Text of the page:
Schwartz and colleagues reported on a group of 34 MTC patients with advanced disease treated with EBRT between 1995 and 2004 and demonstrated excellent 5-year relapse-free survival, disease-free survival and overall survival rates of 87%, 62%, and 56%, respectively. Brierly and colleagues retrospectively examined 73 patients with MTC treated between 1954 and 1992 with an end-point of disease-specific survival. Forty-six of these patients received EBRT. Although use of EBRT did not influence disease-specific survival in the population as a whole, a subgroup at higher risk for local/regional recurrence due to microscopic residual disease, nodal positivity, or extrathyroidal invasion did receive a significant improvement in the rate of local/regional recurrence at 10 years (86% versus 52%, p<0.05). Similar results have been reported elsewhere.
In addition to the unknown benefit of EBRT, many treating physicians are reluctant to irradiate the thyroid and its draining lymphatics due to concern for toxicity. Using conventional radiotherapy techniques, it would be difficult to administer appropriate radiation doses to this area without causing significant toxicity to surrounding vital structures, such as the spinal cord, trachea, larynx, esophagus, pharynx, and parotid glands. However, with the advent of intensity–modulated radiation therapy (IMRT), higher doses of radiation can be administered while sparing normal tissues. Rosenbluth and colleagues , reviewed outcomes and toxicity in a series of 20 thyroid cancer patients treated with IMRT. Although most patients developed acute toxicities, these effects were manageable with routine proactive clinical care, with no evidence of Grade IV toxicities. In a phase I trial of 13 patients, Urbano et al  showed that IMRT could be administered with an acceptable level of acute toxicity, although long term results were lacking.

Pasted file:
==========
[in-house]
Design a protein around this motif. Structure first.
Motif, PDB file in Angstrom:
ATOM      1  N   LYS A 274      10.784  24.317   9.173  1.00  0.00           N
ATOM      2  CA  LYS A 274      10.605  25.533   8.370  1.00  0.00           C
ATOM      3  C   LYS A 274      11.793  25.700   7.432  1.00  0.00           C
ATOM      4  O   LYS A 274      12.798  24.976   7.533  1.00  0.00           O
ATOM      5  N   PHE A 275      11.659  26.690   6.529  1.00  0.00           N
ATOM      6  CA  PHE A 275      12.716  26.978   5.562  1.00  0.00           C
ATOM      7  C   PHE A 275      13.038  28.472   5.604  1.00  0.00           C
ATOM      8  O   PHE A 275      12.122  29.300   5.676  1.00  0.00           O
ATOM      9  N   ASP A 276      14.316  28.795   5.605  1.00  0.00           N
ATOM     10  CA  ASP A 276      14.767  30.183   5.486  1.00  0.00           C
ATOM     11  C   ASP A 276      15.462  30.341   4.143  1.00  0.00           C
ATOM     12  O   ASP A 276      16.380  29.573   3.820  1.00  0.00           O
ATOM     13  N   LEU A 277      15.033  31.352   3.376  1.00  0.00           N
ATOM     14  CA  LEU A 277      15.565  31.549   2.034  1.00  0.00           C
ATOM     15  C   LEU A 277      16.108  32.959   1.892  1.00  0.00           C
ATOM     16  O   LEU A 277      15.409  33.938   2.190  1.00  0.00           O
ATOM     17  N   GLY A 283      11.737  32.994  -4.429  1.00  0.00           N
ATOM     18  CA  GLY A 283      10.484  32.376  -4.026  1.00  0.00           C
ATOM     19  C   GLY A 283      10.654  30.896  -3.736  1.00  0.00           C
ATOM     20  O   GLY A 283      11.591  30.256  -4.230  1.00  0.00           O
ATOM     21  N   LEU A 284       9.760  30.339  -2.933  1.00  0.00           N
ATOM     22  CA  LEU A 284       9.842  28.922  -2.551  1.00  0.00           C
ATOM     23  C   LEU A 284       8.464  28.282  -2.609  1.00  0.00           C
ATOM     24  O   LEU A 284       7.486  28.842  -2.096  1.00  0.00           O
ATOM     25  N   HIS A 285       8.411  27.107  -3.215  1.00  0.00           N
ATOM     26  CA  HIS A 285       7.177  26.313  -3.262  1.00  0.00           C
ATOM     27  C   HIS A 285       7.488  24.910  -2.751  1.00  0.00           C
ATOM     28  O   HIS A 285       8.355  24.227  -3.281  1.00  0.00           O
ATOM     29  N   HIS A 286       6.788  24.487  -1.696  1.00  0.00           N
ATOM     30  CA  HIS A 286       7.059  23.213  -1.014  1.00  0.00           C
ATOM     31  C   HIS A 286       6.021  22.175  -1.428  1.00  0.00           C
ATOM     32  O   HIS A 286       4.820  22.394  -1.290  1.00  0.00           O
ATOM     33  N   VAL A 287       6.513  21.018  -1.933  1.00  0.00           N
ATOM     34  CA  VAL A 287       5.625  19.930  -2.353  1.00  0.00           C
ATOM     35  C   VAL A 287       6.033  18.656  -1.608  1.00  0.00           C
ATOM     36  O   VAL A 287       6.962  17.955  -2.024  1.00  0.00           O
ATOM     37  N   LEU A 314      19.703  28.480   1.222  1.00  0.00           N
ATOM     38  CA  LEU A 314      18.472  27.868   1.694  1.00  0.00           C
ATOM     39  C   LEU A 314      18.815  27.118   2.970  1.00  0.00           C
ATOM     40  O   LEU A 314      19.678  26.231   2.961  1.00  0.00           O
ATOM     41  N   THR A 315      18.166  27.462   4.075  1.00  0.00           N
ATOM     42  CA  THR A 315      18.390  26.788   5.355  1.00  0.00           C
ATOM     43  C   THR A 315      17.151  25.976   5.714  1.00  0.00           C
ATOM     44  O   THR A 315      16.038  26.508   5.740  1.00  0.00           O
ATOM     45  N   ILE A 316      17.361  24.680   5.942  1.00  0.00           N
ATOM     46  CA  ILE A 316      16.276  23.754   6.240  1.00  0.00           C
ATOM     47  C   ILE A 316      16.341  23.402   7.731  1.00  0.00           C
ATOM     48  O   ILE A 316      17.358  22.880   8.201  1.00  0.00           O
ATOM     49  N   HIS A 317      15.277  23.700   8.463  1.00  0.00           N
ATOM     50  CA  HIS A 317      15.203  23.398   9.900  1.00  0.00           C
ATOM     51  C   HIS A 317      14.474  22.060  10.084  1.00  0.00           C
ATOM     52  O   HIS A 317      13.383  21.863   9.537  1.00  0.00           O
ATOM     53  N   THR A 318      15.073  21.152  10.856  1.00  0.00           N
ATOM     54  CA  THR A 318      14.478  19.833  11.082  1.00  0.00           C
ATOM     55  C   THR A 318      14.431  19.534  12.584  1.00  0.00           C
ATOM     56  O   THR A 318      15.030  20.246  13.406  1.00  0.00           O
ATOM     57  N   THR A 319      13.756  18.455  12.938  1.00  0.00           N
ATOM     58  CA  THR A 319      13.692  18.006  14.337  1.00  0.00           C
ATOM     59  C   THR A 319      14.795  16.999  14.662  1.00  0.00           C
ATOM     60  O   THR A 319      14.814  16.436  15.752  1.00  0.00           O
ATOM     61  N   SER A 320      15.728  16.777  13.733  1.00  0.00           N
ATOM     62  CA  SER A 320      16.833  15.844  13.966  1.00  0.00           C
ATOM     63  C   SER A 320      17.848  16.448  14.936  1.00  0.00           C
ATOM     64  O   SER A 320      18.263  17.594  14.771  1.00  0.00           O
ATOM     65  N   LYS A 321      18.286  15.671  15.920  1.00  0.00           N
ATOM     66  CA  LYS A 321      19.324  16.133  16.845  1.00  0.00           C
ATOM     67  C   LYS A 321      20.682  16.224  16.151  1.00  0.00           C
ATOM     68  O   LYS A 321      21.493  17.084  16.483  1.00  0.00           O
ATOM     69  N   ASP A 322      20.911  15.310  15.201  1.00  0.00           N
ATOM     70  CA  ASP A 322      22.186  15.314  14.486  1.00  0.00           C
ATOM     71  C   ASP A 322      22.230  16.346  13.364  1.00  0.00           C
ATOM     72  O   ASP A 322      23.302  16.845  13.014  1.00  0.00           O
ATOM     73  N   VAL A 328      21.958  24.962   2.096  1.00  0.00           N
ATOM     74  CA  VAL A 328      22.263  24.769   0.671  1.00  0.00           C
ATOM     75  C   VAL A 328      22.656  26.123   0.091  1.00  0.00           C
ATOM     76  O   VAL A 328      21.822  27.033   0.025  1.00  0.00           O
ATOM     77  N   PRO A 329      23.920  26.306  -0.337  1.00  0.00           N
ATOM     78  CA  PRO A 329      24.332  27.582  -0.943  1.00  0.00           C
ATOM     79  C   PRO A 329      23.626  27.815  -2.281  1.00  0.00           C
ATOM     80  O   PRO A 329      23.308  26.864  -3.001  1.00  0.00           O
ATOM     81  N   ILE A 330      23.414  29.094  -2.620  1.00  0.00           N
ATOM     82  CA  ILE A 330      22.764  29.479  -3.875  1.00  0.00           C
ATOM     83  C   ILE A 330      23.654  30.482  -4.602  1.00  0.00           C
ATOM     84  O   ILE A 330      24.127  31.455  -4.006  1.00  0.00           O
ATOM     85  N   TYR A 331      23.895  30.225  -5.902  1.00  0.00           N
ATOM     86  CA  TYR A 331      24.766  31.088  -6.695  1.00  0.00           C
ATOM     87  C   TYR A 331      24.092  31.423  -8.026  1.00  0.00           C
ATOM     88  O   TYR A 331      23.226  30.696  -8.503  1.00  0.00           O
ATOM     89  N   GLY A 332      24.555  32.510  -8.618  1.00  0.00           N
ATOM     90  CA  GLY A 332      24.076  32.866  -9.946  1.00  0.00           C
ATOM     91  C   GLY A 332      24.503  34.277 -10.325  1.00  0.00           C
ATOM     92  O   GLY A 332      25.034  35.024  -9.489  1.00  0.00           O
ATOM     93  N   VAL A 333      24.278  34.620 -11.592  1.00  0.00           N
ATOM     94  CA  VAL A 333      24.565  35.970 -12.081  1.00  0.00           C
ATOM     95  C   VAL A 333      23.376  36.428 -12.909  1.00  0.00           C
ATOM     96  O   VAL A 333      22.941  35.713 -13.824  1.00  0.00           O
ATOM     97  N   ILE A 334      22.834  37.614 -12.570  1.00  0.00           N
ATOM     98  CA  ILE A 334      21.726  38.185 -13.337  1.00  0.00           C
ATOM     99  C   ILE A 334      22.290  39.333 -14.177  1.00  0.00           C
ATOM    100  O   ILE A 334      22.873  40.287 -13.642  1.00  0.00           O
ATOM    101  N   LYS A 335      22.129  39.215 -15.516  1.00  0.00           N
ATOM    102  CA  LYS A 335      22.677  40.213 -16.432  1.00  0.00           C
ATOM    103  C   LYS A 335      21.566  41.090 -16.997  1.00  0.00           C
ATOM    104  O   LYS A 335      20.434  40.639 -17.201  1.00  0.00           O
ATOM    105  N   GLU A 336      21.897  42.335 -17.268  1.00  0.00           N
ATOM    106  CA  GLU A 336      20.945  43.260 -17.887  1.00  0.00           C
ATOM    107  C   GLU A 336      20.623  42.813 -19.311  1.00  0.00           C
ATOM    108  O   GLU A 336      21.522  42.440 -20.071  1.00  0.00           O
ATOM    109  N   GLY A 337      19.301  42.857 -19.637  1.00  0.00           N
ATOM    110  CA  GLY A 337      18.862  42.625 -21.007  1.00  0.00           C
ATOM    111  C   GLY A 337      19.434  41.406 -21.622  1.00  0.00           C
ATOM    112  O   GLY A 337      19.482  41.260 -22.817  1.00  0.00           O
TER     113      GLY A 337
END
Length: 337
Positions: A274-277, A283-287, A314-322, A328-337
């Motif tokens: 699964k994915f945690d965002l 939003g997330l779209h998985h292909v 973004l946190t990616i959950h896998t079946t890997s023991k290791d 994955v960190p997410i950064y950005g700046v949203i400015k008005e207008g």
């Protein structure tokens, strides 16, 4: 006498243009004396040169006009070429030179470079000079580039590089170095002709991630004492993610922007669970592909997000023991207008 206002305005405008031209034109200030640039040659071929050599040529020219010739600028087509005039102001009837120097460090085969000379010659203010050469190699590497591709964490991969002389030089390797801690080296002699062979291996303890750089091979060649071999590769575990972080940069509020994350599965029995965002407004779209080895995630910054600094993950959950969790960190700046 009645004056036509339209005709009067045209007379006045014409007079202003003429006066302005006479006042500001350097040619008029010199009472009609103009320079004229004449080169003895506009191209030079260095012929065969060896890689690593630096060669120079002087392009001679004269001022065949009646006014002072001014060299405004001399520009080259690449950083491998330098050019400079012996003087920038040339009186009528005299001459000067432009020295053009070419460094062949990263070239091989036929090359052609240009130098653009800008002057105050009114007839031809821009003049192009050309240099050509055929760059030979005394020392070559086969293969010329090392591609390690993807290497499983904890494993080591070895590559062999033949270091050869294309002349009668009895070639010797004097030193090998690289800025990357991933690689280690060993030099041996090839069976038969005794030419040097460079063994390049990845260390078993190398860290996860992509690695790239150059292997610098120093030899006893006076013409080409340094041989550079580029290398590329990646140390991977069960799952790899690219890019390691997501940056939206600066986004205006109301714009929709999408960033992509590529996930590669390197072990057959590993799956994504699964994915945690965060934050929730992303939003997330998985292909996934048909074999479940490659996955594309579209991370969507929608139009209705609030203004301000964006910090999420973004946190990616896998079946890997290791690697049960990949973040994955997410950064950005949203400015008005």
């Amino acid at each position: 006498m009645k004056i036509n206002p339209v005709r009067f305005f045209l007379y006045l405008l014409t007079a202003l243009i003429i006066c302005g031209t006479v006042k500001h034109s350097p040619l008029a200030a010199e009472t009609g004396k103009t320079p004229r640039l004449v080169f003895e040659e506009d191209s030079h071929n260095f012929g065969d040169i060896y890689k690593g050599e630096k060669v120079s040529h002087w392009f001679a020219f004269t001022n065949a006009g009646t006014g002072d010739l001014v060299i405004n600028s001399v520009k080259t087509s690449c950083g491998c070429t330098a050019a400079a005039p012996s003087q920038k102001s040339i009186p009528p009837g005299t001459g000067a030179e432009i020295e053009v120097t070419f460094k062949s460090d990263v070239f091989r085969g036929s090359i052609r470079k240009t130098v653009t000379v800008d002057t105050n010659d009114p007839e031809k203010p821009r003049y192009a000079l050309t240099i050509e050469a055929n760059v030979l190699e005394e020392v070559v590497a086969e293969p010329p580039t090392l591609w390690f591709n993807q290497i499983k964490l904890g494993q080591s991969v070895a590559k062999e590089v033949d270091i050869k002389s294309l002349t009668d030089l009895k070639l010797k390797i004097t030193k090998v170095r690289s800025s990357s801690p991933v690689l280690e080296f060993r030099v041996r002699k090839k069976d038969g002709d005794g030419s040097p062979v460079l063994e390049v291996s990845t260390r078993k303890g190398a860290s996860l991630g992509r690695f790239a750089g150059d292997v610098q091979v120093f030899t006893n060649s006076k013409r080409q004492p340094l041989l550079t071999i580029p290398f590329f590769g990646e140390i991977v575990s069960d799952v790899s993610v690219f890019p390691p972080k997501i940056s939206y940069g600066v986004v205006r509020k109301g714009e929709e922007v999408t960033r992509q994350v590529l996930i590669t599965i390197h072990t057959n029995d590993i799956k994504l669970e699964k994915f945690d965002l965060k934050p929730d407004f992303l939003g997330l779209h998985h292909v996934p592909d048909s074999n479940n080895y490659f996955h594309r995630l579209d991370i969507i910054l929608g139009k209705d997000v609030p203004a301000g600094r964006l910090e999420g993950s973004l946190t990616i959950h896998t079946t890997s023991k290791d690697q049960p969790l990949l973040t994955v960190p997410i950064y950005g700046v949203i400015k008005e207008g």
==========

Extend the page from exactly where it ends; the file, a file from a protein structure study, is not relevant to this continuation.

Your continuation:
In an attempt to circumvent some of the biases associated with past retrospective institutional studies on the role of EBRT in the treatment of MTC, we utilized the SEER database of the National Cancer Institute. We feel that these data better capture national trends in treatment and outcomes and can provide a rational basis for the development of future randomized clinical trials. These data may still reflect a selection bias, whereby patients with more advanced disease, and therefore worse prognoses, may be offered EBRT more readily than patients with earlier, more localized disease, but we tried to ameliorate this by controlling for those factors identified as significant differences between patients who received EBRT and those who did not.
Although no improvement in overall survival was detected in patients receiving EBRT on multivariate analysis, the wide CI (0.57–3.37) reflects the sparse use of EBRT in our patient population as a whole (n=66, 12.4%). Further study utilizing a larger sample of patients receiving EBRT may be necessary to document a benefit similar to that noted in our univariate analysis of node-positive patients. After stratification for node-positivity, univariate analysis suggested a significant improvement in overall survival in patients receiving EBRT. Those receiving EBRT demonstrated an estimated 10-year survival of 87% compared to 70% in the group not receiving radiation. We were unable to perform a multivariate analysis among node-negative patients, as only 3 of these patients received EBRT.
The survival rates we documented were better than noted in other series and may reflect our method of patient selection, which eliminated patients with distant metastases, those undergoing less than total thyroidectomy, and those without any lymph nodes analyzed. Despite our promising results, our multivariate analysis found only two independent predictors of overall survival: increasing age and tumor size. Although statistically significant, the survival effect is small and may have limited clinical significance.